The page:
This paper presents a report on outcomes of the 10th Computational Modeling in Biology Network (COMBINE) meeting that was held in Heidelberg, Germany, in July of 2019. The annual event brings together researchers, biocurators and software engineers to present recent results and discuss future work in the area of standards for systems and synthetic biology. The COMBINE initiative coordinates the development of various community standards and formats for computational models in the life sciences. Over the past 10 years, COMBINE has brought together standard communities that have further developed and harmonized their standards for better interoperability of models and data. COMBINE 2019 was co-located with a stakeholder workshop of the European EU-STANDS4PM initiative that aims at harmonized data and model standardization for in silico models in the field of personalized medicine, as well as with the FAIRDOM PALs meeting to discuss findable, accessible, interoperable and reusable (FAIR) data sharing. This report briefly describes the work discussed in invited and contributed talks as well as during breakout sessions. It also highlights recent advancements in data, model, and annotation standardization efforts. Finally, this report concludes with some challenges and opportunities that this community will face during the next 10 years.
Keywords: COMBINE, community building, meeting report, standardization,
|2020||The Distributions Package for SBML Level 3
L Smith, S Moodie, F Bergmann, C Gillespie, S Keating, M. König, C Myers, M Swat, D Wilkinson, M Hucka
J Integr Bioinform. 2020 Jul 20;17(2-3):20200018. doi:10.1515/jib-2020-0018. pmid:32750035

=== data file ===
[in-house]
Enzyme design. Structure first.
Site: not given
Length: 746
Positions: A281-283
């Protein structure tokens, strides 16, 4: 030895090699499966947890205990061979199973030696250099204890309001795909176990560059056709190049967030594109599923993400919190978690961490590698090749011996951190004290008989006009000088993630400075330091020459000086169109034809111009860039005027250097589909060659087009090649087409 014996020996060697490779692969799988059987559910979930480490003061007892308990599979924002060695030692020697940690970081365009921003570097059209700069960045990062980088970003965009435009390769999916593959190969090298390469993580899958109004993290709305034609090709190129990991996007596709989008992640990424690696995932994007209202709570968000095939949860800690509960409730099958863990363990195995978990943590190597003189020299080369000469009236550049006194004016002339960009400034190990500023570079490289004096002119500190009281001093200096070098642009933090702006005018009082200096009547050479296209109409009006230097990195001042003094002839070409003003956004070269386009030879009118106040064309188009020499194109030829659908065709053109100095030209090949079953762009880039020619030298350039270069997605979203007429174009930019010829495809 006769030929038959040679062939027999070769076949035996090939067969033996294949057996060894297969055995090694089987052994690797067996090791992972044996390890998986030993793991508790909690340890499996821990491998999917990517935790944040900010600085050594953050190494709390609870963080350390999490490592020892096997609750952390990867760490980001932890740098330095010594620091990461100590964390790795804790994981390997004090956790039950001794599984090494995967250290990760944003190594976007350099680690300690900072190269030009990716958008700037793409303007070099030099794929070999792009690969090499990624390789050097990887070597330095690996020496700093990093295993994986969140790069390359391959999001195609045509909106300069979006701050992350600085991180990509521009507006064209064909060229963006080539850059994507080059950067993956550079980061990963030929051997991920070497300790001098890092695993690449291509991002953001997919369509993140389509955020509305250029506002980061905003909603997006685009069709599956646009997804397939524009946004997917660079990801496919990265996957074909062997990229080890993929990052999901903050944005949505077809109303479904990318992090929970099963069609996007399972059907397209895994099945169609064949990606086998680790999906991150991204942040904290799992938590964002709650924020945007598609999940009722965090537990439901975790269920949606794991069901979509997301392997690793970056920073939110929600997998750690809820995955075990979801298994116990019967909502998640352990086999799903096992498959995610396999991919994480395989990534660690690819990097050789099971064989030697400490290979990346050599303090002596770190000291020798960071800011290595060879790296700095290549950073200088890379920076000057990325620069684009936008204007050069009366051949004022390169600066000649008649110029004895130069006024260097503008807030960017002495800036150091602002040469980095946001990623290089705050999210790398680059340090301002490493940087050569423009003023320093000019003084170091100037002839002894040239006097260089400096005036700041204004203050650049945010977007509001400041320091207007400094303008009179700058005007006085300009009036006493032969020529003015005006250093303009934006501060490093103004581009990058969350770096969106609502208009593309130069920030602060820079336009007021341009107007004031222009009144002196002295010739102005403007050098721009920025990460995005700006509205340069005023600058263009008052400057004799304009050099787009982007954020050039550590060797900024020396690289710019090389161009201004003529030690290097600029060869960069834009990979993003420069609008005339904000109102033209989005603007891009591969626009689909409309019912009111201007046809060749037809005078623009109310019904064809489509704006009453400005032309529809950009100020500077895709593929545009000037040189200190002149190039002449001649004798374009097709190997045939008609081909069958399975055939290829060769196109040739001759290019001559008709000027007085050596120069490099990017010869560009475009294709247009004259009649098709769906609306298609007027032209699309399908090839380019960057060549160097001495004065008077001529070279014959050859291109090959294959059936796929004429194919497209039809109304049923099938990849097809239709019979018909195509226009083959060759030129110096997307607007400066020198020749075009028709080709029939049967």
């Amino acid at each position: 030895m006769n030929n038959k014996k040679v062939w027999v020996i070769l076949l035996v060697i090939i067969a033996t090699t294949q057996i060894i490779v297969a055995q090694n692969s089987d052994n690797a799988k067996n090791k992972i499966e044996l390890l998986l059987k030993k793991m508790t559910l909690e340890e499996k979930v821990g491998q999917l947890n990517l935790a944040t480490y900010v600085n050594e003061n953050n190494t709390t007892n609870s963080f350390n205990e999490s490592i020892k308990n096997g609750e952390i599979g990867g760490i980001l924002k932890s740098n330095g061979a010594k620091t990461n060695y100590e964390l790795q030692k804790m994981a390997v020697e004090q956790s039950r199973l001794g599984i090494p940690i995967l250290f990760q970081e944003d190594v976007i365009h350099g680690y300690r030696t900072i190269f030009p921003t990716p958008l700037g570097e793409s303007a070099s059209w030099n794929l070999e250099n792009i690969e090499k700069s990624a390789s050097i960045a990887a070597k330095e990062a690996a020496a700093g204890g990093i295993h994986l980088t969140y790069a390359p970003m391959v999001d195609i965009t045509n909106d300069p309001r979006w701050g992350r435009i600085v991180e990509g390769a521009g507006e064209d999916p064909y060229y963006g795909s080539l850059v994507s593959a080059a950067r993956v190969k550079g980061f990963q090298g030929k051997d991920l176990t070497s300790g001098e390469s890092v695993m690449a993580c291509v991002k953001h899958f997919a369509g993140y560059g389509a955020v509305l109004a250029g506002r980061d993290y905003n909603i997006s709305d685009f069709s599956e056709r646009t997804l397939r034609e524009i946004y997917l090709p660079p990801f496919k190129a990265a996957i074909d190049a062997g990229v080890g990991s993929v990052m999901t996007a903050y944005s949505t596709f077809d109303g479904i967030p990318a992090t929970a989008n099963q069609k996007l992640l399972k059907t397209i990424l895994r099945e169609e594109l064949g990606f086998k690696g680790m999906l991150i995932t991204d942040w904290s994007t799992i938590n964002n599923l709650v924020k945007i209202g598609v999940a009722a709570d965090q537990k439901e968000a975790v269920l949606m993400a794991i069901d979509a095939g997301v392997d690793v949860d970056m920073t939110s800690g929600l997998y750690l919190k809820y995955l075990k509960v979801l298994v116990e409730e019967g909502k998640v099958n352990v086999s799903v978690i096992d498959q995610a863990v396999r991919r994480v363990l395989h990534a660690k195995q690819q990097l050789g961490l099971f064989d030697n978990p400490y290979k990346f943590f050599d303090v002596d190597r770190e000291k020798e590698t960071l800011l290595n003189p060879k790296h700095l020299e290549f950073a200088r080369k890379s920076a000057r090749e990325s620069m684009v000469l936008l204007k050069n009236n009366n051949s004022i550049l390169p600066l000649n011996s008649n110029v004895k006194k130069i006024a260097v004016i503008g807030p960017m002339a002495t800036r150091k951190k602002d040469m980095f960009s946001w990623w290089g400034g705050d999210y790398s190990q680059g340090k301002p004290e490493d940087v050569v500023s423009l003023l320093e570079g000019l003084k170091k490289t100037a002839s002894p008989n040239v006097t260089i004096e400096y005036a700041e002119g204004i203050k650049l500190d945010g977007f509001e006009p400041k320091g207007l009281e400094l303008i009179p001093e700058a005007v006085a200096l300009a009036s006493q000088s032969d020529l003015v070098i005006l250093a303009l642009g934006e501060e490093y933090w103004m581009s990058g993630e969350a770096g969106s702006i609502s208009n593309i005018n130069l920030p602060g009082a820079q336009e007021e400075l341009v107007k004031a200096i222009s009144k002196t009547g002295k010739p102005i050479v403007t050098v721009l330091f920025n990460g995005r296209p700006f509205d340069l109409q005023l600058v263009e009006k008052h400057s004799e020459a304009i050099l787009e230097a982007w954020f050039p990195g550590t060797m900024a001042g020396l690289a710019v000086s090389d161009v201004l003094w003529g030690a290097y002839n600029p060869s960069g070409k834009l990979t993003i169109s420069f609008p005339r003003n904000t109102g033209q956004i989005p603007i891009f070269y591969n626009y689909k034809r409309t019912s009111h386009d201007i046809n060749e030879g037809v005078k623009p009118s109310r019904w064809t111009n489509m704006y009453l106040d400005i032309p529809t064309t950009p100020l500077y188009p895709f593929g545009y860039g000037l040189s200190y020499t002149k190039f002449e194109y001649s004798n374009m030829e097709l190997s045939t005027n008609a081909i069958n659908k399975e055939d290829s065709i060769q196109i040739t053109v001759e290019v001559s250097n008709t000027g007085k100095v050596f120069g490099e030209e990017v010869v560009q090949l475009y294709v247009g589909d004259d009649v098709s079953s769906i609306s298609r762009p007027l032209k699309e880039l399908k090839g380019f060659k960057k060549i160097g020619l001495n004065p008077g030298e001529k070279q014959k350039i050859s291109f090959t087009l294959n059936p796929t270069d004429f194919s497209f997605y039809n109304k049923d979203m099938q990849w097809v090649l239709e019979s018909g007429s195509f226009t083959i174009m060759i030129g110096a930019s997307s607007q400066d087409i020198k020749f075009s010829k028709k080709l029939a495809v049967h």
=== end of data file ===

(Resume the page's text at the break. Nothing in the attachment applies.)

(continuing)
Biological models often contain elements that have inexact numerical values, since they are based on values that are stochastic in nature or data that contains uncertainty. The Systems Biology Markup Language (SBML) Level 3 Core specification does not include an explicit mechanism to include inexact or stochastic values in a model, but it does provide a mechanism for SBML packages to extend the Core specification and add additional syntactic constructs. The SBML Distributions package for SBML Level 3 adds the necessary features to allow models to encode information about the distribution and uncertainty of values underlying a quantity.
Keywords: SBML, distributions, modeling, systems biology, uncertainty,
|2020||MEMOTE for standardized genome-scale metabolic model testing
Christian Lieven, Moritz Emanuel Beber, Brett G. Olivier, Frank T. Bergmann, Meric Ataman, Parizad Babaei, Jennifer A. Bartell, Lars M. Blank, Siddharth Chauhan, Kevin Correia, Christian Diener, Andreas Dräger, Birgitta Elisabeth Ebert, Janaka N. Edirisinghe, Jose P. Faria, Adam Feist, Georgios Fengos, Ronan M. T. Fleming, Beatriz Garcia-Jimenez, Vassily Hatzimanikatis, Wout van Helvoirt, Christopher Henry, Henning Hermjakob, Markus J. Herrgard, Hyun Uk Kim, Zachary King, Jasper Jan Koehorst, Matthias König, Steffen Klamt, Edda Klipp, Meiyappan Lakshmanan, Nicolas Le Novere, Dong-Yup Lee, Sang Yup Lee, Sunjae Lee, Nathan E. Lewis, Hongwu Ma, Daniel Machado, Radhakrishnan Mahadevan, Paulo Maia, Adil Mardinoglu, Greg L. Medlock, Jonathan Monk, Jens Nielsen, Lars K. Nielsen, Juan Nogales, Intawat Nookaew, Osbaldo Resendis, Bernhard Palsson, Jason A. Papin, Kiran Raosaheb Patil, Mark Poolman, Nathan D. Price, Anne Richelle, Isabel Rocha, Benjamin Sanchez, Peter Schaap, Rahuman S. Malik Sheriff, Saeed Shoaie, Nikolaus Sonnenschein, Bas Teusink, Paulo Vilaca, Jon Olav Vik, Judith A. Wodke, Joana C. Xavier, Qianqian Yuan, Maksim Zakhartsev, Cheng Zhang